I can't count how many times I have had the tall poppy syndrome talk with my peers, but it's usually around this time of year that I become more vocal on this topic.
In a pre-covid world, we would be gearing up for Awards season and for those of us in PR land, it's one of our busiest times of the year - also the most rewarding!
When I speak with entrepreneurs about utilising awards as part of their overall PR strategy, I am sometimes met with hesitation. Not always, but in some cases, entrepreneurs believe that awards are too 'showy' or 'egotistical', but as a true spin-doctor, I can tell you its just not the case.
Let me explain.
No one wins an award all by themselves in business. There are families and teams behind these people, and they have all played their part in contributing the business success. Taking out an award is a credit not only to you, but your team. Its a welcome morale boost during what has played out to be, one of the most anxious times of our lives.
Sure, the business landscape has copped a beating this year, but I have seen great things born out of this pandemic resulting from collaborations between those who refused to become 2020's bitch.
Many of these collaborations have been made possible thanks to connections being formed at events - including business awards.
See its not about you at all, it's about your team, the future of your business, your family, your succession plan. This recognition and opportunity to connect with other likeminded (and more importantly vetted) business associations is ripe for the taking. Why wouldn't you want to include awards as part of your strategy to grow your business?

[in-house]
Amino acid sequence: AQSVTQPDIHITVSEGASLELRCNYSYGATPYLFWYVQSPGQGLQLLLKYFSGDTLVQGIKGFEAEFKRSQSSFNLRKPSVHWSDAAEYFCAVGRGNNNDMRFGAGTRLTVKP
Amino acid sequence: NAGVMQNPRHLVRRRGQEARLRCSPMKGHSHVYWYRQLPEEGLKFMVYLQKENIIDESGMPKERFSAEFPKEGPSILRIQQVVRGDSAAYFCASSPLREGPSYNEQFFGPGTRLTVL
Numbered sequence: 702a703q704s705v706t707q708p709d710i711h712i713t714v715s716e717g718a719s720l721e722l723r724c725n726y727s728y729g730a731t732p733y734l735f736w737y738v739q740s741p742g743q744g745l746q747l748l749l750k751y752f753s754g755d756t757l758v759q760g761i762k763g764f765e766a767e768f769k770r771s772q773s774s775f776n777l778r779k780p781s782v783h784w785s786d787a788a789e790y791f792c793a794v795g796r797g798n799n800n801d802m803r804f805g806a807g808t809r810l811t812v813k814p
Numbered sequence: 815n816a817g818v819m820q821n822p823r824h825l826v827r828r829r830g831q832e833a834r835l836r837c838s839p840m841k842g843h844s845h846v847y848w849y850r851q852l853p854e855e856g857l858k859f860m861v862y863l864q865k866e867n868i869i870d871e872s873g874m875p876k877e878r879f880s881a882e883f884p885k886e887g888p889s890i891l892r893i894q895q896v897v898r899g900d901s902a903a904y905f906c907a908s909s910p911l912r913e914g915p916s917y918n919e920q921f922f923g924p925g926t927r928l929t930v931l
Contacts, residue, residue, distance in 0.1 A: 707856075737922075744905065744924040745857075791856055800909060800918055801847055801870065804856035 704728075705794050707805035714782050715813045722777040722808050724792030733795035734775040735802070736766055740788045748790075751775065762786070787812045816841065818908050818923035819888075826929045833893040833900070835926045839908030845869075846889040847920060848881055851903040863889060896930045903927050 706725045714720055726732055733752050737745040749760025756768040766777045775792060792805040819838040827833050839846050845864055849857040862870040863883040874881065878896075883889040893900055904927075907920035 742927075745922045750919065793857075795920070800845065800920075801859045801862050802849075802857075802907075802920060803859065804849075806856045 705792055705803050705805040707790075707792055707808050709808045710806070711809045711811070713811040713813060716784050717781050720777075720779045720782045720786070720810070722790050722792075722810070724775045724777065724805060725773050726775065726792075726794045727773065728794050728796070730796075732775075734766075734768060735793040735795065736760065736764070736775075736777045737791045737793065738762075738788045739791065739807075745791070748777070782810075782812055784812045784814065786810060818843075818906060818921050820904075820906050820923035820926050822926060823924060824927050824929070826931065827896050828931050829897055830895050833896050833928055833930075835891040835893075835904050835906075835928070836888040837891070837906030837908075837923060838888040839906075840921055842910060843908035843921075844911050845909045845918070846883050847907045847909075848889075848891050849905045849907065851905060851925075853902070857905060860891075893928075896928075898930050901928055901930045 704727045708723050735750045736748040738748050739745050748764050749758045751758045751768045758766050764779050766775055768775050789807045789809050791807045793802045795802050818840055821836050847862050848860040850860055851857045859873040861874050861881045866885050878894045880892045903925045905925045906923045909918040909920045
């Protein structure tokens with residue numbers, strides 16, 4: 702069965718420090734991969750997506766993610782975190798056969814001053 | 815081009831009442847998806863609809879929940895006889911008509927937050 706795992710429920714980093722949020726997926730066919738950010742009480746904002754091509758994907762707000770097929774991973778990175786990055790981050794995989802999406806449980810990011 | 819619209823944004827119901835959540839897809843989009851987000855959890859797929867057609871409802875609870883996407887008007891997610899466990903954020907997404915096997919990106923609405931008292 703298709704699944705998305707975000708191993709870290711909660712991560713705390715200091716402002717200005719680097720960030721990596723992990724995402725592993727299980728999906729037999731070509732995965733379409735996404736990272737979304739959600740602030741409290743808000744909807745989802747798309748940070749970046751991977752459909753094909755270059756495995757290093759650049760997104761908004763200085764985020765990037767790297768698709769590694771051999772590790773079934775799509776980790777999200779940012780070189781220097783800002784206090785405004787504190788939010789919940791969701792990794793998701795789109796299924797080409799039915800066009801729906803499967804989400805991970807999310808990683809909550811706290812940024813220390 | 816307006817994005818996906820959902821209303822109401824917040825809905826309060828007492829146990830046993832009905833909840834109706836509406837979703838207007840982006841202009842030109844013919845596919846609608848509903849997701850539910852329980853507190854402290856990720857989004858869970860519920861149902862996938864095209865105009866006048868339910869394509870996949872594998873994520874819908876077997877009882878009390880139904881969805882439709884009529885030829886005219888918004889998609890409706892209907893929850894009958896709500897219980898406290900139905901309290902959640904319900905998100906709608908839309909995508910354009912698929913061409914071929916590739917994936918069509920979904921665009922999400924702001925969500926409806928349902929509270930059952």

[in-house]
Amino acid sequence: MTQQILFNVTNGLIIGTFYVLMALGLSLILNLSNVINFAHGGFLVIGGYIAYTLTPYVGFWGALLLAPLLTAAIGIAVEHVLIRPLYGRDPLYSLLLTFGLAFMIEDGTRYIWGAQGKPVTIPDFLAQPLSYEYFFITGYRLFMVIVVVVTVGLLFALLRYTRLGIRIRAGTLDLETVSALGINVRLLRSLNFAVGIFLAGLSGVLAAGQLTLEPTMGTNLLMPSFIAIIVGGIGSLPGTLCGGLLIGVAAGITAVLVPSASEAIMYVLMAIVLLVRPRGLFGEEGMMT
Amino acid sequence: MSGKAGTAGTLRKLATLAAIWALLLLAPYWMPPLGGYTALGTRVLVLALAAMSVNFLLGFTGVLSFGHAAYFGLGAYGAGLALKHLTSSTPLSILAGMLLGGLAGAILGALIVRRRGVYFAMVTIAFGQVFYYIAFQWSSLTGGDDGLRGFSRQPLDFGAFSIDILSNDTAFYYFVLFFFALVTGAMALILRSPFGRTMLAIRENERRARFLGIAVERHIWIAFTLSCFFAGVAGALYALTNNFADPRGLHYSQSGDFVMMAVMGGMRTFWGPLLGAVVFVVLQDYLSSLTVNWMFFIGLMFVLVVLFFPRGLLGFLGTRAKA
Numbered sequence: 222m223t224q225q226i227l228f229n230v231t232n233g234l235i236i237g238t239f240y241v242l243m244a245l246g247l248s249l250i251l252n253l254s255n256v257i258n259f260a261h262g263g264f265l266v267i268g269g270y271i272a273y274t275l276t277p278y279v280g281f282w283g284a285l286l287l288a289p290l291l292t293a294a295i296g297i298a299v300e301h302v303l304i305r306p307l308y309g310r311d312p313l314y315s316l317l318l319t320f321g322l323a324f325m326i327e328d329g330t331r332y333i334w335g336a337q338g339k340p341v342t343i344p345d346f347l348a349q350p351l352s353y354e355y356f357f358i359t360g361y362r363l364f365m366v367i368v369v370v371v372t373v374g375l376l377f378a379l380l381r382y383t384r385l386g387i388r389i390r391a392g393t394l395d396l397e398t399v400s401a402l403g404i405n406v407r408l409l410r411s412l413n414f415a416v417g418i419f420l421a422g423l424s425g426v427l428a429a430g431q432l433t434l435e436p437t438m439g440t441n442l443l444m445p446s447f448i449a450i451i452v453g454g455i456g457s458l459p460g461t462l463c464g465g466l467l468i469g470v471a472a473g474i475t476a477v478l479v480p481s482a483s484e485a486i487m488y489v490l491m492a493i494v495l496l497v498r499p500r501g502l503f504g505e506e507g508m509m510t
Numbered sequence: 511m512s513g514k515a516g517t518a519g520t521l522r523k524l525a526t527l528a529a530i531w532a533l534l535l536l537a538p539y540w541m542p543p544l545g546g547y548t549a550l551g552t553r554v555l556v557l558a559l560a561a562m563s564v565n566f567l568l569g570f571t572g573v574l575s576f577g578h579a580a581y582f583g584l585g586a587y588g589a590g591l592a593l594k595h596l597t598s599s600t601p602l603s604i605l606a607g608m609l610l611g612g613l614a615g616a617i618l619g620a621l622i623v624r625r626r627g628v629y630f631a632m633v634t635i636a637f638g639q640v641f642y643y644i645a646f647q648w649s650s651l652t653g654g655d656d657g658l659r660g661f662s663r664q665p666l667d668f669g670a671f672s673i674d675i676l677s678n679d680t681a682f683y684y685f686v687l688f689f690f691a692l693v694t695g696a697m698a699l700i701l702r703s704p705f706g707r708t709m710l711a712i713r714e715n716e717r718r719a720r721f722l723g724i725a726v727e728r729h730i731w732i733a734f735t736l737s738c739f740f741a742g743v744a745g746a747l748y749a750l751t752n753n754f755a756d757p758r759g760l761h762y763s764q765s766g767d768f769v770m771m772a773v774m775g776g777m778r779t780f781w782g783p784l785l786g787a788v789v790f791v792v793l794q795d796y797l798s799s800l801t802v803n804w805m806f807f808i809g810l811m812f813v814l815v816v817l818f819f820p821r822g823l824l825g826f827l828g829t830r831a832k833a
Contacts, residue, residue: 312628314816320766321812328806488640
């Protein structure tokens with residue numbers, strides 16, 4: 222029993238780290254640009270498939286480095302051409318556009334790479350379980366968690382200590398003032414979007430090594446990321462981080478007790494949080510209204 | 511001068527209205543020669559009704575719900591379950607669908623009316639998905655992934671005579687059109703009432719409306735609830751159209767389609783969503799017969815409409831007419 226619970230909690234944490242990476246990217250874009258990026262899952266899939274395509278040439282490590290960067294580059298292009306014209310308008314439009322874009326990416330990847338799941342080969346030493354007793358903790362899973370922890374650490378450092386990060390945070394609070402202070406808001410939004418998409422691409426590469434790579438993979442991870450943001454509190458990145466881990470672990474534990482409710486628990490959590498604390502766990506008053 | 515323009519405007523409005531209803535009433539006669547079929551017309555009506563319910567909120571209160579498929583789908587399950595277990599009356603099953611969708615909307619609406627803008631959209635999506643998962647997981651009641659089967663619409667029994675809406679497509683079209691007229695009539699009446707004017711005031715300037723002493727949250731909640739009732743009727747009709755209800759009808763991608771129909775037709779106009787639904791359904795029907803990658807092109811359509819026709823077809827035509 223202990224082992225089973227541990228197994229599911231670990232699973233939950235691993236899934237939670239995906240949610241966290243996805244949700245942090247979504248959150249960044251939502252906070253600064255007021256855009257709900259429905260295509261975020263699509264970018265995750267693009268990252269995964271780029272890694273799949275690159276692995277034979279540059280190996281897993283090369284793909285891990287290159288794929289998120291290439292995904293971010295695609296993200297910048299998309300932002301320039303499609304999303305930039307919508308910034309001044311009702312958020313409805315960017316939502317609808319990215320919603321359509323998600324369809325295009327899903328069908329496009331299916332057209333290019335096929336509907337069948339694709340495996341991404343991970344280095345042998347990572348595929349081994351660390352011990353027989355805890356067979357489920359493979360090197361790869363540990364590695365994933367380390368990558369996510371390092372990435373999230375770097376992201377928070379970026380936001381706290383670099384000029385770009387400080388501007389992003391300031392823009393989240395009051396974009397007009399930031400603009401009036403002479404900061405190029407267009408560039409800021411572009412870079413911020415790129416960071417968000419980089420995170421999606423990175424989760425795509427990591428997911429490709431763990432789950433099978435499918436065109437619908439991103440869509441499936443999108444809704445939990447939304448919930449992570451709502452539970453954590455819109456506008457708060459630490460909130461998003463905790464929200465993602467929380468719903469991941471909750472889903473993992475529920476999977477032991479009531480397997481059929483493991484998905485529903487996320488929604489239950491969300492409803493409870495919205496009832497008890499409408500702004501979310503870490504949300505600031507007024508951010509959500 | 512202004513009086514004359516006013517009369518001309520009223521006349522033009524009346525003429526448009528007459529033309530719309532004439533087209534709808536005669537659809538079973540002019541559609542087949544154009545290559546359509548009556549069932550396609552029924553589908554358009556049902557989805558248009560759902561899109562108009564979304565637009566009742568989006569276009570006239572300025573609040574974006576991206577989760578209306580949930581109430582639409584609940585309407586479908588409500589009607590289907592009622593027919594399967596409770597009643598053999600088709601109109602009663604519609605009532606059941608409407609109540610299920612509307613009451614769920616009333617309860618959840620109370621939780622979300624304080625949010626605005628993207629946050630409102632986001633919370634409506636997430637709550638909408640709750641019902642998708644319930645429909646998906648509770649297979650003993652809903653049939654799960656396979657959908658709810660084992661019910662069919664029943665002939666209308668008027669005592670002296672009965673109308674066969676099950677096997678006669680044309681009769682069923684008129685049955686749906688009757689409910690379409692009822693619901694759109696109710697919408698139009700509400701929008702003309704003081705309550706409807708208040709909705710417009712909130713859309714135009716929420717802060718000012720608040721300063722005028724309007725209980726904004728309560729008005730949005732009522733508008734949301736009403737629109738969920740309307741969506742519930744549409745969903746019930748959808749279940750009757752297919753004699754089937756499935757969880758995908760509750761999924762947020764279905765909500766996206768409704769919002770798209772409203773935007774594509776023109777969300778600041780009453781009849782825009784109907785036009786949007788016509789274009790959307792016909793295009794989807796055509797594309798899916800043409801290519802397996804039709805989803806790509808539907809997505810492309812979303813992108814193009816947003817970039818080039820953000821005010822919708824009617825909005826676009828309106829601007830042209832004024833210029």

Commending and acknowledging achievements should go a long way in the dark days we find ourselves in, and what likely lies ahead. Sure, the goalposts have moved - everything has moved - what may have been seen as great last year is now seen in a completely different light. In my opinion, just being nominated for an award helps solidify direction and reinforces how you approach tomorrow - and the next day and the next.
Recognition is as valuable as having a shiny gong placed in your hands in my book, especially for those under the radar powerhouses who simply show up day in day out. In an instant, all the blood, sweat, and years haven't been in vain for our under-slept and over-caffeinated professional.
Acknowledging achievement and those who consistently push the envelope in their field is advantageous for any industry. Egos aside, It shows people who they need to be chasing, and the type of work ethic they need to emulate in order to even be in contention.
Speaking firsthand, every one of my clients have won prestigious awards and been nominated in their respective fields and the overall effect on their personal development and how they then approach work is astounding.
The egotistical aspects though, of awards, is a no-brainer. They can naturally act as a hierarchal calling card for a select few. A 'hey, look how good I am' shout-out which was never warranted or needed in the first place.
And I acquiesce, unfortunately, that's probably where a lot of disdain for professional awarding and prizes is rooted.
Yet, for the composed and humble professional, it often acts as a gentle and refreshing reminder. Their work is noticed, appreciated and at a higher than average calibre.
In my experience what tends to follow is a momentary silencing of the everyday background white noise: the realisation of how far they have come.
Amanda Williams is the founder and director of Yellow Panda PR Digital.
Business News Australia
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